NATIONAL NEWS

Apaches tell court copper mine would harm sacred sites

Mar 20, 2023, 10:14 PM | Updated: Mar 21, 2023, 3:30 pm

FILE - Tribal councilman Wendsler Nosie Sr. speaks with Apache activists during a rally to save Oak...

FILE - Tribal councilman Wendsler Nosie Sr. speaks with Apache activists during a rally to save Oak Flat, land near Superior, Ariz., sacred to Western Apache tribes, in front of the U.S. Capitol on July 22, 2015, in Washington. An Apache group battling a foreign mining firm that wants to build one of the largest copper mines in the United States on what tribal members say is sacred land gets a new chance to make its point Tuesday, March 21, 2023, when a full federal appeals court panel takes another look at the case. (AP Photo/Molly Riley, File)
Credit: ASSOCIATED PRESS

(AP Photo/Molly Riley, File)

PHOENIX (AP) — A Native American group that’s trying to stop an effort to build one of the largest copper mines in the United States told a full federal appeals court panel Tuesday that the project would prevent Apaches from exercising their religion by destroying land they consider sacred.

U.S. federal government plans for a land swap that will allow Resolution Copper to build the mine will destroy the land in eastern Arizona known as Oak Flat, “barring the Apaches from ever accessing it again and ending their core religious practices forever,” said attorney Luke Goodrich, arguing for the group Apache Stronghold.

“We asked the court today to recognize the obvious — that when the government destroys a sacred site, religious liberty law has something to say about it,” Goodrich, vice president and senior counsel at the nonprofit legal institution Becket Law, said in a prepared statement distributed after the hearing in Pasadena, California. “A win for Apache Stronghold will be a win for people of all faiths.”

The Apache group is seeking to halt the land swap while the case plays out in court. The panel of 11 judges on the 9th U.S. Circuit Court of Appeals is expected to issue a decision in the next few months.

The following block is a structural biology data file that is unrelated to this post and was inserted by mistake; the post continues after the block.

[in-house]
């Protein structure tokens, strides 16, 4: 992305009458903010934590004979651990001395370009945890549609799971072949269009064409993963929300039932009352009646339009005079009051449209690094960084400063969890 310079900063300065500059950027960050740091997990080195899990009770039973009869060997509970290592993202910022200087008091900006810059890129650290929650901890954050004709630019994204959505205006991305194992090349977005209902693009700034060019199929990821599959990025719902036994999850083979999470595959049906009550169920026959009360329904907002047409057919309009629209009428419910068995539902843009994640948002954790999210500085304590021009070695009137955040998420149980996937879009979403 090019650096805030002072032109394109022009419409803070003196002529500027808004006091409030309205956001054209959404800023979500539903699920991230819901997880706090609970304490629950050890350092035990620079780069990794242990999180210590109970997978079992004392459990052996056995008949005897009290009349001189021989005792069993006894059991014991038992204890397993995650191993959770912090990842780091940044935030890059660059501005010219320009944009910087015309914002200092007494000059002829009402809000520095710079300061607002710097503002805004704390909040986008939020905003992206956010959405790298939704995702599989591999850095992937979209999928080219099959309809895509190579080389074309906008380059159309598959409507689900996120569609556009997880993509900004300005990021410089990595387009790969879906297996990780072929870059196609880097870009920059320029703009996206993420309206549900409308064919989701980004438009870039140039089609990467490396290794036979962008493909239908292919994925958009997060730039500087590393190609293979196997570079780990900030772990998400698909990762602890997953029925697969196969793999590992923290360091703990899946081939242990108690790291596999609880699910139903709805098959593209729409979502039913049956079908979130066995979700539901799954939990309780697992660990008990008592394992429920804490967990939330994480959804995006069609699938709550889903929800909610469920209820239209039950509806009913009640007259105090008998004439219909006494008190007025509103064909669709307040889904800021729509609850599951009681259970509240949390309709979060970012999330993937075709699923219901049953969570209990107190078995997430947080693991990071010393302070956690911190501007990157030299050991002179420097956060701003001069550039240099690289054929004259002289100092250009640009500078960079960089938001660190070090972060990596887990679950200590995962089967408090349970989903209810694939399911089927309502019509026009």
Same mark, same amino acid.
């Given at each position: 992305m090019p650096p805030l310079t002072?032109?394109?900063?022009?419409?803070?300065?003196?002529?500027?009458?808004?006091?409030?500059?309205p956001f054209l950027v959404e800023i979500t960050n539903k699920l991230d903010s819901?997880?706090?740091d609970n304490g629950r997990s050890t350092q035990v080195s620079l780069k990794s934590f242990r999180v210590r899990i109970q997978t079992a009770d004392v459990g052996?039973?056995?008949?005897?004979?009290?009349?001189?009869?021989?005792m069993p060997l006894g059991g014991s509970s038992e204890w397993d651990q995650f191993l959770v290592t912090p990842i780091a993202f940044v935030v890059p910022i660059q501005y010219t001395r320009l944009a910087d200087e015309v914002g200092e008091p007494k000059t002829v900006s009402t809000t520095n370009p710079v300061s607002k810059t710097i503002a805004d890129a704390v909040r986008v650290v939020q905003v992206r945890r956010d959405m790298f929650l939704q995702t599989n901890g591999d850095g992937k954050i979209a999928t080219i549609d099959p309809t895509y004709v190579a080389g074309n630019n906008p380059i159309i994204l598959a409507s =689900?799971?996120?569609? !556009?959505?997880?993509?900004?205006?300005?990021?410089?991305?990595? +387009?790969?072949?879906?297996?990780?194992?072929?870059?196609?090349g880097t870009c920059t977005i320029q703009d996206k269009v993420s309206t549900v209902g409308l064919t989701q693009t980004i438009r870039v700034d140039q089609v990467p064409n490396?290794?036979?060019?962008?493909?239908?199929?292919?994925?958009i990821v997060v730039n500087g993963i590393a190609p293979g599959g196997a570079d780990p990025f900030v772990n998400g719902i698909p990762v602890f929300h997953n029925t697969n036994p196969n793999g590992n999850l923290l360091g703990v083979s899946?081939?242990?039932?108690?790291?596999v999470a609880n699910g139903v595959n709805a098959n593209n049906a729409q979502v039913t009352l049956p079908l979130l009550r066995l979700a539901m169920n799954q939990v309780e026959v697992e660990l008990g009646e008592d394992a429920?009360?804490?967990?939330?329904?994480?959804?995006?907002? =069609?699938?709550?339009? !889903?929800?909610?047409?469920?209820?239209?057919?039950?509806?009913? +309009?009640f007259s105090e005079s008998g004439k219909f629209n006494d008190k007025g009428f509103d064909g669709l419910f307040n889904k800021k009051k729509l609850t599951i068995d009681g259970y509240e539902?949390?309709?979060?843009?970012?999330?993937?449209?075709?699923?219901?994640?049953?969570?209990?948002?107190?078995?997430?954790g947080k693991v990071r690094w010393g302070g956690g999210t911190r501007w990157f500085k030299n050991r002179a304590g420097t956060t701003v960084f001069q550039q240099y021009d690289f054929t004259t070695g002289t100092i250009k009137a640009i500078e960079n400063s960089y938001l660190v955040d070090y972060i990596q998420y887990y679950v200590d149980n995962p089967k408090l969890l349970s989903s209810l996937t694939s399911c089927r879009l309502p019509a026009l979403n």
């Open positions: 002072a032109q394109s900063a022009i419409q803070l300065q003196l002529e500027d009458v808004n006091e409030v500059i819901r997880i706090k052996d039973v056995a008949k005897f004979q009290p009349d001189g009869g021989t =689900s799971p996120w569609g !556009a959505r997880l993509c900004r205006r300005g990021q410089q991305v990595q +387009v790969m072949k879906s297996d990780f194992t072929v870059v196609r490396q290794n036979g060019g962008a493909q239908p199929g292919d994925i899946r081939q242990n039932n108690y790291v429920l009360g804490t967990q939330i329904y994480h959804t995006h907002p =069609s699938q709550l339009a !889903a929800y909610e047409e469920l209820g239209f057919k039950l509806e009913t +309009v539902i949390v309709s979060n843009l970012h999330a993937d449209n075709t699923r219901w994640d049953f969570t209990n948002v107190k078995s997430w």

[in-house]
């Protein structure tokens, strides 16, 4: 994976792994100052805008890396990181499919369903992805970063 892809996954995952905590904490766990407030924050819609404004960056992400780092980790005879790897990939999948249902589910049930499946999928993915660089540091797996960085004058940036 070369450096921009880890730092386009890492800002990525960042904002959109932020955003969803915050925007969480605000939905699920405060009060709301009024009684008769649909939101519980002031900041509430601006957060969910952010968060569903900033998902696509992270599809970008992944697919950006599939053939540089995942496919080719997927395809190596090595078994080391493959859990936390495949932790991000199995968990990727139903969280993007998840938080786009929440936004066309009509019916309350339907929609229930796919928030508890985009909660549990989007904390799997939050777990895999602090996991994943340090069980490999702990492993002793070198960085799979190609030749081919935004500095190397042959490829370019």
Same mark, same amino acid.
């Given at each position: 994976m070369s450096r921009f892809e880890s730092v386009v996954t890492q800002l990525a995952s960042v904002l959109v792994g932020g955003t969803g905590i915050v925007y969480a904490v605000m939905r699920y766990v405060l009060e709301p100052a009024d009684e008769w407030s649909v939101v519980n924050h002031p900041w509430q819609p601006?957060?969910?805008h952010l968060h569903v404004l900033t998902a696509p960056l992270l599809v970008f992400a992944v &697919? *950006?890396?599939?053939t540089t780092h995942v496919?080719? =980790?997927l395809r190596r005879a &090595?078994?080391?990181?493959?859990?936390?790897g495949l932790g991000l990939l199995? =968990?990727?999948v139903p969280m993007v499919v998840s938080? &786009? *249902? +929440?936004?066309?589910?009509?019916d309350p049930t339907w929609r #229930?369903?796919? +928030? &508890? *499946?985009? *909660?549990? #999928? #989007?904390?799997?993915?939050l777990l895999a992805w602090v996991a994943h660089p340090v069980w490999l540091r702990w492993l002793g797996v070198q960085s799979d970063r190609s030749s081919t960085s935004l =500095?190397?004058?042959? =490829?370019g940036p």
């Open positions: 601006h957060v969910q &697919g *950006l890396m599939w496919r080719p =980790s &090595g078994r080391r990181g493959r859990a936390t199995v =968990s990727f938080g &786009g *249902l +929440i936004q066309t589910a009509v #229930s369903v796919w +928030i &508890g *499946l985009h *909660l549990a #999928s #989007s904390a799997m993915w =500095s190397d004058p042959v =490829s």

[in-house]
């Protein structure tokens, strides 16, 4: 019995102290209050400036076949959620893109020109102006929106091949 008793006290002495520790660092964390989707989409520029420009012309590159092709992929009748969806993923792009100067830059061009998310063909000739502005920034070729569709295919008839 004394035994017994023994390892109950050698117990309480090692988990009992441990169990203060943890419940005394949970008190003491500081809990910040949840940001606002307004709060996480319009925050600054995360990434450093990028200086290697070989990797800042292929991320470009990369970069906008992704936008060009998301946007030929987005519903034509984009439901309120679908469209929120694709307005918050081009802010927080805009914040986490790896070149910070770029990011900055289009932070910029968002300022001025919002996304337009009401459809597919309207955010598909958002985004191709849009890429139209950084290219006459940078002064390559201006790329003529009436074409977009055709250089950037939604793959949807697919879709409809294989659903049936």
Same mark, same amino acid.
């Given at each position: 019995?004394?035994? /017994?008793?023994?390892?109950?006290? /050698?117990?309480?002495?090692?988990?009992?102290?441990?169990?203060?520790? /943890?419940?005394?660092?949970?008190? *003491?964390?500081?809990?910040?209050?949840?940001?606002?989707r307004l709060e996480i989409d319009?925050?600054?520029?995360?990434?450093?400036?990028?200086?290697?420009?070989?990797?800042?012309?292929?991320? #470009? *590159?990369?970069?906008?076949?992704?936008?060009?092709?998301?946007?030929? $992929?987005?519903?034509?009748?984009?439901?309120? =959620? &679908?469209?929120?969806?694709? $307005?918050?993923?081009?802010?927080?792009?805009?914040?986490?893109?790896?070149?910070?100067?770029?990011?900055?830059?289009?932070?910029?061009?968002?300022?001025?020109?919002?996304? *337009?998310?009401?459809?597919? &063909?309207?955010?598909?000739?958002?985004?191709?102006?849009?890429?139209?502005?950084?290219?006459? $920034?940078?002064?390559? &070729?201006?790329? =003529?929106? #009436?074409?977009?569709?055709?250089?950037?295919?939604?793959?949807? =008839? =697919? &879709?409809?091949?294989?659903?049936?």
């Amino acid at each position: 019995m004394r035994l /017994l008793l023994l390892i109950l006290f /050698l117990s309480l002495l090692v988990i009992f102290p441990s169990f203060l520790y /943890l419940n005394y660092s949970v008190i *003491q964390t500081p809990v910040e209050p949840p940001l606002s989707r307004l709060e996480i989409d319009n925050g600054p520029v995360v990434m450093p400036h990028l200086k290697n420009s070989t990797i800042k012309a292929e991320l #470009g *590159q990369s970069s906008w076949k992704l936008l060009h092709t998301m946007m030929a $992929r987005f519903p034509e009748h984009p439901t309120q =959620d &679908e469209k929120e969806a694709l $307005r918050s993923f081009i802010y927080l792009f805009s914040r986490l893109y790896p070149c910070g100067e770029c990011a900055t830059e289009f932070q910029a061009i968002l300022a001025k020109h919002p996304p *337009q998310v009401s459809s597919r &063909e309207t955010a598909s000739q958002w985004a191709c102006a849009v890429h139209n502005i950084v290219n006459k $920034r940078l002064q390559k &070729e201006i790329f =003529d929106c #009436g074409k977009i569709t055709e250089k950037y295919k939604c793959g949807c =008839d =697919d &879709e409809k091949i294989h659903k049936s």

Apache Stronghold sued the U.S. government under the Religious Freedom Restoration Act to protect the place tribal members call Chi’chil Bildagoteel, an area dotted with ancient oak groves and traditional plants the Apaches consider essential to their religion.

An environmental impact survey for the project has been pulled back while the U.S. Department of Agriculture has consulted for months with Native American tribes and others about their concerns.

But U.S. government attorney Joan Pepin told the judge Tuesday that the Forest Service expected the environmental analysis could be republished as early as this spring, setting in motion the land swap, which would have to be completed within 60 days.

Pepin argued that the act of Congress that approved the exchange giving the Oak Flat to Resolution Copper land supersedes the Religious Freedom Restoration Act, which prevents government agencies from placing a “substantial burden” on the practice of religion.

The land transfer was a last-minute provision included in a must-pass defense bill in 2014. The swap would give the mining company 3.75 square miles (9.71 square kilometers) of national forest land in exchange for eight parcels it owns in other parts of Arizona.

Resolution Copper, a joint venture of global mining firms Rio Tinto and BHP, has said it continues to address concerns raised about the project, but noted there is significant local support for the mine. Rio Tinto has headquarters in Australia and the U.K, while BHP is based in Australia.

It says the project has the potential to supply enough copper to meet up to one-quarter of U.S. demand, adding up to $1 billion a year to Arizona’s economy and creating thousands of local jobs.

A smaller 9th Circuit panel previously ruled 2-1 that the federal government could give the Oak Flat land to the mining company for the project. The court later agreed to let the larger panel hear the case.

Apache Stronghold members traveled from Arizona for the hearing, stopping at cities along the way to draw attention to the case. They gathered Monday at a community arts center in the Los Angeles neighborhood of Boyle Heights.